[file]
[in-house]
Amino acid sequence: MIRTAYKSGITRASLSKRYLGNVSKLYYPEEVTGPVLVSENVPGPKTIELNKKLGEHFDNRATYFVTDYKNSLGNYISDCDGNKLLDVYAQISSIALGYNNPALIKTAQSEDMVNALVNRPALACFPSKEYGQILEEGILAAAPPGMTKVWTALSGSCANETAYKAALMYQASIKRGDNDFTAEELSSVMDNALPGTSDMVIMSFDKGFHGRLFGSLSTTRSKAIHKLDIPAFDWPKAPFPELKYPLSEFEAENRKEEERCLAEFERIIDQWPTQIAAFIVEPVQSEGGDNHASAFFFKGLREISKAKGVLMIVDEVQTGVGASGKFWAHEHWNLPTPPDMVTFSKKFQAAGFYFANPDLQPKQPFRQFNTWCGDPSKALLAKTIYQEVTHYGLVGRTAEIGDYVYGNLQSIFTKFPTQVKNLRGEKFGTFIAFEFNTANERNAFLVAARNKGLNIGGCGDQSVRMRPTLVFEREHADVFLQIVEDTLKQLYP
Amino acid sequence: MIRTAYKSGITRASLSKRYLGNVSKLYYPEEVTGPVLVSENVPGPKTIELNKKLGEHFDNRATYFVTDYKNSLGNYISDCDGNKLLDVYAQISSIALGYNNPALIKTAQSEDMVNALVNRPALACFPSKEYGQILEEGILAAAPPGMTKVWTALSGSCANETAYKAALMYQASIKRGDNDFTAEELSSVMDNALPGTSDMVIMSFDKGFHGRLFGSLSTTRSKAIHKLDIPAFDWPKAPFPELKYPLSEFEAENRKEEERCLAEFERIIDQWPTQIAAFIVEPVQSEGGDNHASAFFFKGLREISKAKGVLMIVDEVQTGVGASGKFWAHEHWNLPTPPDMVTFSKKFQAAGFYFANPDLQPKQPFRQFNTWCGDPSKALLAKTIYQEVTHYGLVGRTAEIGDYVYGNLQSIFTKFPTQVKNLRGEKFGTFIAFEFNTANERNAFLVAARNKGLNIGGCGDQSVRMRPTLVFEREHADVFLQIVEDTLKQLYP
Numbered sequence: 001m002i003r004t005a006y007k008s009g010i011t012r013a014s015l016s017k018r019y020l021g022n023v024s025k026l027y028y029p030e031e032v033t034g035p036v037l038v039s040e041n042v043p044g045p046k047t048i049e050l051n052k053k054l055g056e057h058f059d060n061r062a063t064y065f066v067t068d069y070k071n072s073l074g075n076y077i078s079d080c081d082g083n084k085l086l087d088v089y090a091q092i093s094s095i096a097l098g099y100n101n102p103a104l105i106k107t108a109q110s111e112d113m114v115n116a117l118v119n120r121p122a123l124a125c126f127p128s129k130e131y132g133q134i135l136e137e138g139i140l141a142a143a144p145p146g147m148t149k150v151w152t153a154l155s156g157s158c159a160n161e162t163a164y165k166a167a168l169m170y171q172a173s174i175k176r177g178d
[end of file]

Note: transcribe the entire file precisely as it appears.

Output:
[in-house]
Amino acid sequence: MIRTAYKSGITRASLSKRYLGNVSKLYYPEEVTGPVLVSENVPGPKTIELNKKLGEHFDNRATYFVTDYKNSLGNYISDCDGNKLLDVYAQISSIALGYNNPALIKTAQSEDMVNALVNRPALACFPSKEYGQILEEGILAAAPPGMTKVWTALSGSCANETAYKAALMYQASIKRGDNDFTAEELSSVMDNALPGTSDMVIMSFDKGFHGRLFGSLSTTRSKAIHKLDIPAFDWPKAPFPELKYPLSEFEAENRKEEERCLAEFERIIDQWPTQIAAFIVEPVQSEGGDNHASAFFFKGLREISKAKGVLMIVDEVQTGVGASGKFWAHEHWNLPTPPDMVTFSKKFQAAGFYFANPDLQPKQPFRQFNTWCGDPSKALLAKTIYQEVTHYGLVGRTAEIGDYVYGNLQSIFTKFPTQVKNLRGEKFGTFIAFEFNTANERNAFLVAARNKGLNIGGCGDQSVRMRPTLVFEREHADVFLQIVEDTLKQLYP
Amino acid sequence: MIRTAYKSGITRASLSKRYLGNVSKLYYPEEVTGPVLVSENVPGPKTIELNKKLGEHFDNRATYFVTDYKNSLGNYISDCDGNKLLDVYAQISSIALGYNNPALIKTAQSEDMVNALVNRPALACFPSKEYGQILEEGILAAAPPGMTKVWTALSGSCANETAYKAALMYQASIKRGDNDFTAEELSSVMDNALPGTSDMVIMSFDKGFHGRLFGSLSTTRSKAIHKLDIPAFDWPKAPFPELKYPLSEFEAENRKEEERCLAEFERIIDQWPTQIAAFIVEPVQSEGGDNHASAFFFKGLREISKAKGVLMIVDEVQTGVGASGKFWAHEHWNLPTPPDMVTFSKKFQAAGFYFANPDLQPKQPFRQFNTWCGDPSKALLAKTIYQEVTHYGLVGRTAEIGDYVYGNLQSIFTKFPTQVKNLRGEKFGTFIAFEFNTANERNAFLVAARNKGLNIGGCGDQSVRMRPTLVFEREHADVFLQIVEDTLKQLYP
Numbered sequence: 001m002i003r004t005a006y007k008s009g010i011t012r013a014s015l016s017k018r019y020l021g022n023v024s025k026l027y028y029p030e031e032v033t034g035p036v037l038v039s040e041n042v043p044g045p046k047t048i049e050l051n052k053k054l055g056e057h058f059d060n061r062a063t064y065f066v067t068d069y070k071n072s073l074g075n076y077i078s079d080c081d082g083n084k085l086l087d088v089y090a091q092i093s094s095i096a097l098g099y100n101n102p103a104l105i106k107t108a109q110s111e112d113m114v115n116a117l118v119n120r121p122a123l124a125c126f127p128s129k130e131y132g133q134i135l136e137e138g139i140l141a142a143a144p145p146g147m148t149k150v151w152t153a154l155s156g157s158c159a160n161e162t163a164y165k166a167a168l169m170y171q172a173s174i175k176r177g178d